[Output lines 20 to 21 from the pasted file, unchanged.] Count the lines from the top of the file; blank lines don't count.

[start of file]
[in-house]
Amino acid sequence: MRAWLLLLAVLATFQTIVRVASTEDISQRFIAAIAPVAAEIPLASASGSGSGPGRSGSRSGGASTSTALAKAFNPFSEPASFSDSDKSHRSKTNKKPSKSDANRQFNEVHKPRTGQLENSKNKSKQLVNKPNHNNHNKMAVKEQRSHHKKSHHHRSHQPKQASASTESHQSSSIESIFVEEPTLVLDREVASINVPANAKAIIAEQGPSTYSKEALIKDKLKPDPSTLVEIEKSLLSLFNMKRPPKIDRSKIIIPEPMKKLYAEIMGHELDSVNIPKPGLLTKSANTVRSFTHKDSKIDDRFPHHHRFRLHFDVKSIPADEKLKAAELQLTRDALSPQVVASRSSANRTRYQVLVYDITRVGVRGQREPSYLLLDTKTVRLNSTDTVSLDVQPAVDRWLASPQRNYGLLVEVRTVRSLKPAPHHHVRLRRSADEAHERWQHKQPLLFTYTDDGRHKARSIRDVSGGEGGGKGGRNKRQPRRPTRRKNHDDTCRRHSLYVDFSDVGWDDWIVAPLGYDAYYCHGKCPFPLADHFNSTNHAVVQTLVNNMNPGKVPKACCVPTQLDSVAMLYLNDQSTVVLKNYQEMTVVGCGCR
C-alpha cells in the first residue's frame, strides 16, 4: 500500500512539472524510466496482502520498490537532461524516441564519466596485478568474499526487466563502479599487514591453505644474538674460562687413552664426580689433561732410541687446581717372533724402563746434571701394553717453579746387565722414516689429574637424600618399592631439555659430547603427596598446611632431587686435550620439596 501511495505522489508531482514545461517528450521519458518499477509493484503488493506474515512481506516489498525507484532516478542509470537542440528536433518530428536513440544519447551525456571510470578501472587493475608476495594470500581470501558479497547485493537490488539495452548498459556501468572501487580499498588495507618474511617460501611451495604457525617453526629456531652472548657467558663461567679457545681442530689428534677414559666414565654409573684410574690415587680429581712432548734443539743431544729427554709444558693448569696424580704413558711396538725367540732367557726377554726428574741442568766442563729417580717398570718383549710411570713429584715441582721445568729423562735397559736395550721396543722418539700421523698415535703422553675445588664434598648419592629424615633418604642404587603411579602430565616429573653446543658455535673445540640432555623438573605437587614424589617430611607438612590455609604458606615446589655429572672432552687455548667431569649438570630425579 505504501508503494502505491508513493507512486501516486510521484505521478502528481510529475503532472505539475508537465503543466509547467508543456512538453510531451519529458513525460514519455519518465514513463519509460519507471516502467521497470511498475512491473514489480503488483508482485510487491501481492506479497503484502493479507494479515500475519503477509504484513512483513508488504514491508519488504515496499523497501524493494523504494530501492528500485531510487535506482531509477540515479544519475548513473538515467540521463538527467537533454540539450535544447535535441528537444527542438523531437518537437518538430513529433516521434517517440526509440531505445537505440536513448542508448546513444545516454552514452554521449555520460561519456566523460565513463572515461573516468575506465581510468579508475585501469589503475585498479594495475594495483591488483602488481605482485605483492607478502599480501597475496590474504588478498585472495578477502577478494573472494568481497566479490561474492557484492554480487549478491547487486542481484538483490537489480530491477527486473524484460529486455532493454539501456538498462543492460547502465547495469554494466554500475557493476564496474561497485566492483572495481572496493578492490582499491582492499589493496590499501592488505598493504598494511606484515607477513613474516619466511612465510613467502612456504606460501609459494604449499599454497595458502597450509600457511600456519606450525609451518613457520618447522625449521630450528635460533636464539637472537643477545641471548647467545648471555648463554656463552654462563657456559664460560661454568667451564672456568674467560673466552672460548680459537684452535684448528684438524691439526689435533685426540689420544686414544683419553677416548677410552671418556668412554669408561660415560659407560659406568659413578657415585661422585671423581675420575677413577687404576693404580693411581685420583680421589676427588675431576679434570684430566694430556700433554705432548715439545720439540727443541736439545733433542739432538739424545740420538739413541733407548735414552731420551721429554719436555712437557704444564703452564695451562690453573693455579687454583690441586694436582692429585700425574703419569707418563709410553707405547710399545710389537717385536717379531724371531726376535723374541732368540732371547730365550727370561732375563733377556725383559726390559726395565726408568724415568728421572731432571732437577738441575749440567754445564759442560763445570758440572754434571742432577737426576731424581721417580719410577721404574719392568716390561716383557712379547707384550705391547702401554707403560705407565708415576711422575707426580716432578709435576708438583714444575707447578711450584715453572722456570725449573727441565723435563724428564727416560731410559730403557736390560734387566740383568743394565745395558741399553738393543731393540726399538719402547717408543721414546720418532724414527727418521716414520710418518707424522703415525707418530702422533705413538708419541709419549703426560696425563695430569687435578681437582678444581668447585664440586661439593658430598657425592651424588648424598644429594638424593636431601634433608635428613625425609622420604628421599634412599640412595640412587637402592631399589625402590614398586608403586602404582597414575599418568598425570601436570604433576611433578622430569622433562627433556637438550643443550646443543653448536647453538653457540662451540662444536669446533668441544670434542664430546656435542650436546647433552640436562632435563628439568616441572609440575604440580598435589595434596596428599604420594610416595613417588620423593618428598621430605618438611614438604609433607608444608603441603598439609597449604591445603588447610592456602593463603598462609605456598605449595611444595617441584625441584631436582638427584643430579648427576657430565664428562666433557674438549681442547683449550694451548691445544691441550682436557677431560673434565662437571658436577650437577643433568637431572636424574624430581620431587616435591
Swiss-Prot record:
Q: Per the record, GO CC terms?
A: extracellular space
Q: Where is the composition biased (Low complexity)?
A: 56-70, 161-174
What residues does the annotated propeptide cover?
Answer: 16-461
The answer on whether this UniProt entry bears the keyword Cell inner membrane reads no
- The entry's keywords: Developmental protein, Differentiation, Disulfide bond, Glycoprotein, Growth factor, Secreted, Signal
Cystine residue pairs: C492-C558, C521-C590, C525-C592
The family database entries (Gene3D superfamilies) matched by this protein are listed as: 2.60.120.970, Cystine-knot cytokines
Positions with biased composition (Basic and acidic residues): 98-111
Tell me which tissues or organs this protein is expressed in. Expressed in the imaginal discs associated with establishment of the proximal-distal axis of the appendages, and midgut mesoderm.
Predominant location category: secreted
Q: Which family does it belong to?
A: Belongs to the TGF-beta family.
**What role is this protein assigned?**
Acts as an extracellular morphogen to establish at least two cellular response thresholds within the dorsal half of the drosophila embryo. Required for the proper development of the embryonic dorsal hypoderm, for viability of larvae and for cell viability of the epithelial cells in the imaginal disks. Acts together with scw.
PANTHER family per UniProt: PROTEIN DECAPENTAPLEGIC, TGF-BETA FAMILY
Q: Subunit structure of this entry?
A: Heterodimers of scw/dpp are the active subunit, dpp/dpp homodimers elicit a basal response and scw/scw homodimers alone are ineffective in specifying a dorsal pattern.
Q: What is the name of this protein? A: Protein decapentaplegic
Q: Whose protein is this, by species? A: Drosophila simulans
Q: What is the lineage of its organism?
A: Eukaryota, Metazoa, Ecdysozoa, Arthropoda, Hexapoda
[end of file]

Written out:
**What role is this protein assigned?**
Acts as an extracellular morphogen to establish at least two cellular response thresholds within the dorsal half of the drosophila embryo. Required for the proper development of the embryonic dorsal hypoderm, for viability of larvae and for cell viability of the epithelial cells in the imaginal disks. Acts together with scw.